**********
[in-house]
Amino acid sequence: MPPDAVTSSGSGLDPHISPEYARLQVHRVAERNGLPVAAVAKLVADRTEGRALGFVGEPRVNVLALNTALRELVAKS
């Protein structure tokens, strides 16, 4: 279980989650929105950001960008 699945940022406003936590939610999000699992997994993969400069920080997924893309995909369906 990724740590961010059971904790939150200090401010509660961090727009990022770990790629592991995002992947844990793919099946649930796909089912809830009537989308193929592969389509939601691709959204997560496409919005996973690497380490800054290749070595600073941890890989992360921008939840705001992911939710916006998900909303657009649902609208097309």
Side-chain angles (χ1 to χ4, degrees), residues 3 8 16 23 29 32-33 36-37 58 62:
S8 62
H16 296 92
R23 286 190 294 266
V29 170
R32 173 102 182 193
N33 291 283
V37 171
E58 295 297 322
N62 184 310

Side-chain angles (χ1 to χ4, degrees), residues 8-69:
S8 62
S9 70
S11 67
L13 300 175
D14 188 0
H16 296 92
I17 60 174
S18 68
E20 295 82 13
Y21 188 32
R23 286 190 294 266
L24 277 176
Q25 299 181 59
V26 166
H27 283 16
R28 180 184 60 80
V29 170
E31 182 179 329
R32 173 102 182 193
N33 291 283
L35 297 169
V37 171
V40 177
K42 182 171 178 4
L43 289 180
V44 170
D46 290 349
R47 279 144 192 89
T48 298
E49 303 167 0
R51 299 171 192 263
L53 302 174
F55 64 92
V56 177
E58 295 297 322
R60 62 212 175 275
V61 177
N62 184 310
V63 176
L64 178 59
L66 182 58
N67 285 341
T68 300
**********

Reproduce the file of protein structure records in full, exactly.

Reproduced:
[in-house]
Amino acid sequence: MPPDAVTSSGSGLDPHISPEYARLQVHRVAERNGLPVAAVAKLVADRTEGRALGFVGEPRVNVLALNTALRELVAKS
């Protein structure tokens, strides 16, 4: 279980989650929105950001960008 699945940022406003936590939610999000699992997994993969400069920080997924893309995909369906 990724740590961010059971904790939150200090401010509660961090727009990022770990790629592991995002992947844990793919099946649930796909089912809830009537989308193929592969389509939601691709959204997560496409919005996973690497380490800054290749070595600073941890890989992360921008939840705001992911939710916006998900909303657009649902609208097309």
Side-chain angles (χ1 to χ4, degrees), residues 3 8 16 23 29 32-33 36-37 58 62:
S8 62
H16 296 92
R23 286 190 294 266
V29 170
R32 173 102 182 193
N33 291 283
V37 171
E58 295 297 322
N62 184 310

Side-chain angles (χ1 to χ4, degrees), residues 8-69:
S8 62
S9 70
S11 67
L13 300 175
D14 188 0
H16 296 92
I17 60 174
S18 68
E20 295 82 13
Y21 188 32
R23 286 190 294 266
L24 277 176
Q25 299 181 59
V26 166
H27 283 16
R28 180 184 60 80
V29 170
E31 182 179 329
R32 173 102 182 193
N33 291 283
L35 297 169
V37 171
V40 177
K42 182 171 178 4
L43 289 180
V44 170
D46 290 349
R47 279 144 192 89
T48 298
E49 303 167 0
R51 299 171 192 263
L53 302 174
F55 64 92
V56 177
E58 295 297 322
R60 62 212 175 275
V61 177
N62 184 310
V63 176
L64 178 59
L66 182 58
N67 285 341
T68 300